The Olduvai Theory must surely have its flaws, need development and even expansion to accommodate the present world, and its chronology may need adjusting. However, we may even now be approaching the possibility for such a sequence of critical Olduvian events to appear.

We can be sure that from an Olduvian point of view, the newly emerging superpower blocs will assert their power and influence, in international geopolitics, to avoid the Olduvian catastrophe, once they begin to feel the outer edge of the coming raging storm which threatens their economy and civilization.

Future world scene and conclusion

Many are predicting the USA, in tragic economic decline, is about to plunge from its zenith position as the world’s voracious and massive consumer that has helped keep the world afloat economically. This free-fall (and possibly terminal) descent of the USA will have dramatic repercussions economically, by producing international financial chaos, as the world’s rapacious consumer, and receptacle for world investment, disappears, along with much of the international capital invested there. Such a massive economic catastrophe will rapidly lead to a rocky transition period. The world will be left without a great politically and militarily pre-eminent superpower. Just as nature hates a vacuum so does the political realm, and so newly forming superpowers will vie for advantage and even supremacy in the newly forming world order.

Out of international mayhem, with severe decline of some nations, and the collapse of the international financial system, a newly world-dominant economic and political superpower may arise, with its currency as the international convertible currency of choice.

This superpower, and any other remaining viable superpowers or civilizations, will need the reliable supply of oil, at cheapest possible prices, and it appears OPEC will be the most likely supplier of significant quantities. It remains to be seen whether the two oil-hungry, but oil-deficient civilization superpowers – Europe and the Asian conglomerate – can secure their supply of oil by the soft power of diplomacy, or whether the hard power of military force will be required – as oil is increasingly scarce against escalating demand.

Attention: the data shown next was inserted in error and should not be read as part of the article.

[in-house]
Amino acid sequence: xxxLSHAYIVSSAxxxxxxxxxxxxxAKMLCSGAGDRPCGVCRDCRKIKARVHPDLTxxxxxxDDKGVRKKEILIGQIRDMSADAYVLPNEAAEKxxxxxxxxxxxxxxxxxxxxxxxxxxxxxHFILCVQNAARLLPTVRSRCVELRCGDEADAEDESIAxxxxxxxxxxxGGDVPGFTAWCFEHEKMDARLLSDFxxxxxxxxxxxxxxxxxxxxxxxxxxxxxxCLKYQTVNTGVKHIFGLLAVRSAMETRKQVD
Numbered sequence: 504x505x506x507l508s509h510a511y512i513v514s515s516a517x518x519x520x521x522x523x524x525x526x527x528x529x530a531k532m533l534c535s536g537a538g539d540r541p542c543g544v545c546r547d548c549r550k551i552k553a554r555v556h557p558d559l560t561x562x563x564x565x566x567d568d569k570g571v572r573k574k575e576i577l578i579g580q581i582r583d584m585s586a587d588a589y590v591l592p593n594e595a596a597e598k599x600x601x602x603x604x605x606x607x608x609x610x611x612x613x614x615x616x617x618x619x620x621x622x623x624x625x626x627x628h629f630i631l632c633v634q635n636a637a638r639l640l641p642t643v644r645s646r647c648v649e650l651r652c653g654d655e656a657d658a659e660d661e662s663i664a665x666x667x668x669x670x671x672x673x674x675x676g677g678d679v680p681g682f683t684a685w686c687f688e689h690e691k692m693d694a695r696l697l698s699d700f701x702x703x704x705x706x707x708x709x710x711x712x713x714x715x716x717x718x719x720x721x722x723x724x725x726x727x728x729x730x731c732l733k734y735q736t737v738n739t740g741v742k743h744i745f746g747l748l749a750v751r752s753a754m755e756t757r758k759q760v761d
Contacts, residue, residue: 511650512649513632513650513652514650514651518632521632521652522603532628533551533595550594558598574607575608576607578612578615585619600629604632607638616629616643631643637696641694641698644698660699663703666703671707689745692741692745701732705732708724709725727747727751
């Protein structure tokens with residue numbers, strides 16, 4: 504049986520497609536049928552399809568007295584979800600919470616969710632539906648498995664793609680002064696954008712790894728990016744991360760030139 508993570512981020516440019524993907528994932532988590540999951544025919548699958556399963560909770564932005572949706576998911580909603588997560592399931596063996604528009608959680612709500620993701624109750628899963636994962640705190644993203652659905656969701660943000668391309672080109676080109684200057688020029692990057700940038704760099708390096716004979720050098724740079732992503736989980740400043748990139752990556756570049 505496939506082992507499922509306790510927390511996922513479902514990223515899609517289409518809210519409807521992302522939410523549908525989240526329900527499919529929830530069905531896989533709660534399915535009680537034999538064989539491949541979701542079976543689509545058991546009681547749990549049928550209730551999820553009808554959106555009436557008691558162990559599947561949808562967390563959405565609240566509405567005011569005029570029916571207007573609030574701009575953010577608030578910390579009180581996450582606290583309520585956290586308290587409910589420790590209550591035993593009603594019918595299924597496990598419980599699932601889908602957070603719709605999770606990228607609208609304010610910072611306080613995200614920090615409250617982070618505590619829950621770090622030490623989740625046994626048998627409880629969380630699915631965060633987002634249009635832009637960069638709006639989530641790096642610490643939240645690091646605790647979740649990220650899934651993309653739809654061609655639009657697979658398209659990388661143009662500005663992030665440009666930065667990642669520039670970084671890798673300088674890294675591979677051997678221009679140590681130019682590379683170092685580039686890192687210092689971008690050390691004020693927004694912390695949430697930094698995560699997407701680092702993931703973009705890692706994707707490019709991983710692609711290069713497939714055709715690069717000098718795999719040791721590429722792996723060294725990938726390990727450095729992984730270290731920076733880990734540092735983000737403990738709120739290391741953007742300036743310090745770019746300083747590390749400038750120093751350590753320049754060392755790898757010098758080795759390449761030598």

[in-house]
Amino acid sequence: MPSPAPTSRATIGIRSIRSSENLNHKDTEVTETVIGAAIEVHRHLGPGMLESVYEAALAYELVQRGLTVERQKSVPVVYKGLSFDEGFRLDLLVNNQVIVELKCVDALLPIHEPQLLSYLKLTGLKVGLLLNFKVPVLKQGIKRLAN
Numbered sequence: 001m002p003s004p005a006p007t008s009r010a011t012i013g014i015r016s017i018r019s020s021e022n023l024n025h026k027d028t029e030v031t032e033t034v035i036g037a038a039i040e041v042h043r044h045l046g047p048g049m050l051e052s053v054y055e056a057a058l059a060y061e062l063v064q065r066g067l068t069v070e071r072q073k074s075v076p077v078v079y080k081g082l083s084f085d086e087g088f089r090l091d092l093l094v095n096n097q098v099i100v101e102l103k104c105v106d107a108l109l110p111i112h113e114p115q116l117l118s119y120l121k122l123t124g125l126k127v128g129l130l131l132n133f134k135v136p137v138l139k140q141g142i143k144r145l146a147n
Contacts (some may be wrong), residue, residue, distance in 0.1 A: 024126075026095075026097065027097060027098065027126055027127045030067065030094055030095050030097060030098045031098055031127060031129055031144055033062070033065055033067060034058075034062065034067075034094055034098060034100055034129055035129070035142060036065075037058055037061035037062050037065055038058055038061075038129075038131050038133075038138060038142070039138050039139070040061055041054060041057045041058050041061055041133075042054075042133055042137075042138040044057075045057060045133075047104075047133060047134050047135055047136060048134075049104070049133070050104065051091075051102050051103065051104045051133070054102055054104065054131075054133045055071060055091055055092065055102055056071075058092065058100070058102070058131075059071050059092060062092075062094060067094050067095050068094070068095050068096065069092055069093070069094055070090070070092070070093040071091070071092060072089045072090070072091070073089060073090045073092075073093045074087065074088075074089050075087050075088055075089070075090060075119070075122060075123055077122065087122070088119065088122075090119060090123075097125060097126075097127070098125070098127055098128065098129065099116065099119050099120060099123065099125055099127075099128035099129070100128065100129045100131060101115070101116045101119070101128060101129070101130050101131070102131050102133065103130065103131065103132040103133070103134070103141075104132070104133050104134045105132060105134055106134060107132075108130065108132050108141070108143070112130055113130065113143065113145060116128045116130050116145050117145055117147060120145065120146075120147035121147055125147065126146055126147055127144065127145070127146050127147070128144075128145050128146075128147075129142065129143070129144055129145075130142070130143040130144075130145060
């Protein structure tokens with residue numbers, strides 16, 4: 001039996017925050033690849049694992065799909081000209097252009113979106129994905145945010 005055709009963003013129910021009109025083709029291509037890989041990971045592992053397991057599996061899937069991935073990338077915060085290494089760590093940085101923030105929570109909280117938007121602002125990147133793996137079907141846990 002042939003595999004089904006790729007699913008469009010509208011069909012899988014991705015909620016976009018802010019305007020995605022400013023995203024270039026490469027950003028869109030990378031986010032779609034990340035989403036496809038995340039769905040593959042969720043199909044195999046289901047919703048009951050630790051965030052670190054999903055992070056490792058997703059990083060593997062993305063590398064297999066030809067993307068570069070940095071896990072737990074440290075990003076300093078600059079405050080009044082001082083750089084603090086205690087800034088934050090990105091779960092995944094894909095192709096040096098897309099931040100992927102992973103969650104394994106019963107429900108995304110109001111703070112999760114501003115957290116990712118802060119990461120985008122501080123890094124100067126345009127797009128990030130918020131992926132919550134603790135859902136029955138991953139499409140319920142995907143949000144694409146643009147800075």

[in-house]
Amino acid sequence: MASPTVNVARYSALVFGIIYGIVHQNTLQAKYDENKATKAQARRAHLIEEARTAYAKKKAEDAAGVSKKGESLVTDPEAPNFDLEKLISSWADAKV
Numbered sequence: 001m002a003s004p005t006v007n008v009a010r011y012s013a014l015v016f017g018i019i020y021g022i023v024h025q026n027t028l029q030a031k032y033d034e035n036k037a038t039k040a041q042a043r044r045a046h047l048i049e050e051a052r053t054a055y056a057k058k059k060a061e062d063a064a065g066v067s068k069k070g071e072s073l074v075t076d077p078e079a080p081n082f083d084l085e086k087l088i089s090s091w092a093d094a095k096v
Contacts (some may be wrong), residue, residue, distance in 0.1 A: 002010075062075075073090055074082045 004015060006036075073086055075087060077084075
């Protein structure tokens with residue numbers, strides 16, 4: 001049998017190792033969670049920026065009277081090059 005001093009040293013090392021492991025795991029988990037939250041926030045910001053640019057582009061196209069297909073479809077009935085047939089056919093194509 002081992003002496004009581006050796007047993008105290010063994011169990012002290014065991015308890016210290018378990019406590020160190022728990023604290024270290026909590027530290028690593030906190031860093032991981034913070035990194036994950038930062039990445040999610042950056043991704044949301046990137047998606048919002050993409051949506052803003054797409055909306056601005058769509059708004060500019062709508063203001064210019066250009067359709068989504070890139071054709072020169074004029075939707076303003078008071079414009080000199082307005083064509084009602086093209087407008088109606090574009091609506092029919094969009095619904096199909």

Without a doubt, these oil-hungry superpowers will go to great lengths to maintain oil supplies and so sustain economic development and the viability of their civilizations.

This is an imminent state of affairs and may prove to be a testing ground for how the superpowers will compete for advantage, and how vociferous they can be for each to maintain, and even improve, its level of economic development, civilization greatness and world influence.


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James Leigh, PhD. CGeog. FRGS.
Chartered Geographer
Asst. Professor Cultural Geography
Business School, University of Nicosia, Cyprus
University of Nicosia, Cyprus